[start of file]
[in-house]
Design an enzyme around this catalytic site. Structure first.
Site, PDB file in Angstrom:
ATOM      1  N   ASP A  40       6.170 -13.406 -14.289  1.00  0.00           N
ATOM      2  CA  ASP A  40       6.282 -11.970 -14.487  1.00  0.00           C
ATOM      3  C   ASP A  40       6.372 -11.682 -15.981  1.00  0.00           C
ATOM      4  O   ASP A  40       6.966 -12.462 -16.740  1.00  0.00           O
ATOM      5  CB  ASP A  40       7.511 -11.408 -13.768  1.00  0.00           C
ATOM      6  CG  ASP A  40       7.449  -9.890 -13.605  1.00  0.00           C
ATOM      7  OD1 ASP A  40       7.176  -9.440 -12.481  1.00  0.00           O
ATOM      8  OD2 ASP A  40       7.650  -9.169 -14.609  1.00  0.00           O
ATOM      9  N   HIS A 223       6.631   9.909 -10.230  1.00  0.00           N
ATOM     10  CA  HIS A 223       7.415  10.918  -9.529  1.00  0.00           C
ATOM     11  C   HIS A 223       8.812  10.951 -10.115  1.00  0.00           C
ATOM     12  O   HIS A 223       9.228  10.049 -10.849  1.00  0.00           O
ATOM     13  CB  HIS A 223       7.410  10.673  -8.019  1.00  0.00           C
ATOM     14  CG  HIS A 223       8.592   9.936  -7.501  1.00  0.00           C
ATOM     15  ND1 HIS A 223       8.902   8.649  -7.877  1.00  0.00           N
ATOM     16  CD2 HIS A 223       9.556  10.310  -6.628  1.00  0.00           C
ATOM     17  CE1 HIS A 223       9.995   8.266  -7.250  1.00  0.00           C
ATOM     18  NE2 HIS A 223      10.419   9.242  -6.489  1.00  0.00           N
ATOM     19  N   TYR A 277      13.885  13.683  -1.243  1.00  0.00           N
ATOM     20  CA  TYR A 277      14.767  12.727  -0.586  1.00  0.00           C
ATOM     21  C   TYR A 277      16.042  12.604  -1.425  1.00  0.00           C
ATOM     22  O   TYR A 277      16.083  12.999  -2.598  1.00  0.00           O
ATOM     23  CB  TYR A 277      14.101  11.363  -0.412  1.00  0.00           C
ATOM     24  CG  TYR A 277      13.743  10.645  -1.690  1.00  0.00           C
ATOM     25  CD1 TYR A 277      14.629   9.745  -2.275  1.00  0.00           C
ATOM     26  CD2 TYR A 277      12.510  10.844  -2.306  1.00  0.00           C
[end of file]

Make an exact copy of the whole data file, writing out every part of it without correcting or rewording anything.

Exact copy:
[in-house]
Design an enzyme around this catalytic site. Structure first.
Site, PDB file in Angstrom:
ATOM      1  N   ASP A  40       6.170 -13.406 -14.289  1.00  0.00           N
ATOM      2  CA  ASP A  40       6.282 -11.970 -14.487  1.00  0.00           C
ATOM      3  C   ASP A  40       6.372 -11.682 -15.981  1.00  0.00           C
ATOM      4  O   ASP A  40       6.966 -12.462 -16.740  1.00  0.00           O
ATOM      5  CB  ASP A  40       7.511 -11.408 -13.768  1.00  0.00           C
ATOM      6  CG  ASP A  40       7.449  -9.890 -13.605  1.00  0.00           C
ATOM      7  OD1 ASP A  40       7.176  -9.440 -12.481  1.00  0.00           O
ATOM      8  OD2 ASP A  40       7.650  -9.169 -14.609  1.00  0.00           O
ATOM      9  N   HIS A 223       6.631   9.909 -10.230  1.00  0.00           N
ATOM     10  CA  HIS A 223       7.415  10.918  -9.529  1.00  0.00           C
ATOM     11  C   HIS A 223       8.812  10.951 -10.115  1.00  0.00           C
ATOM     12  O   HIS A 223       9.228  10.049 -10.849  1.00  0.00           O
ATOM     13  CB  HIS A 223       7.410  10.673  -8.019  1.00  0.00           C
ATOM     14  CG  HIS A 223       8.592   9.936  -7.501  1.00  0.00           C
ATOM     15  ND1 HIS A 223       8.902   8.649  -7.877  1.00  0.00           N
ATOM     16  CD2 HIS A 223       9.556  10.310  -6.628  1.00  0.00           C
ATOM     17  CE1 HIS A 223       9.995   8.266  -7.250  1.00  0.00           C
ATOM     18  NE2 HIS A 223      10.419   9.242  -6.489  1.00  0.00           N
ATOM     19  N   TYR A 277      13.885  13.683  -1.243  1.00  0.00           N
ATOM     20  CA  TYR A 277      14.767  12.727  -0.586  1.00  0.00           C
ATOM     21  C   TYR A 277      16.042  12.604  -1.425  1.00  0.00           C
ATOM     22  O   TYR A 277      16.083  12.999  -2.598  1.00  0.00           O
ATOM     23  CB  TYR A 277      14.101  11.363  -0.412  1.00  0.00           C
ATOM     24  CG  TYR A 277      13.743  10.645  -1.690  1.00  0.00           C
ATOM     25  CD1 TYR A 277      14.629   9.745  -2.275  1.00  0.00           C
ATOM     26  CD2 TYR A 277      12.510  10.844  -2.306  1.00  0.00           C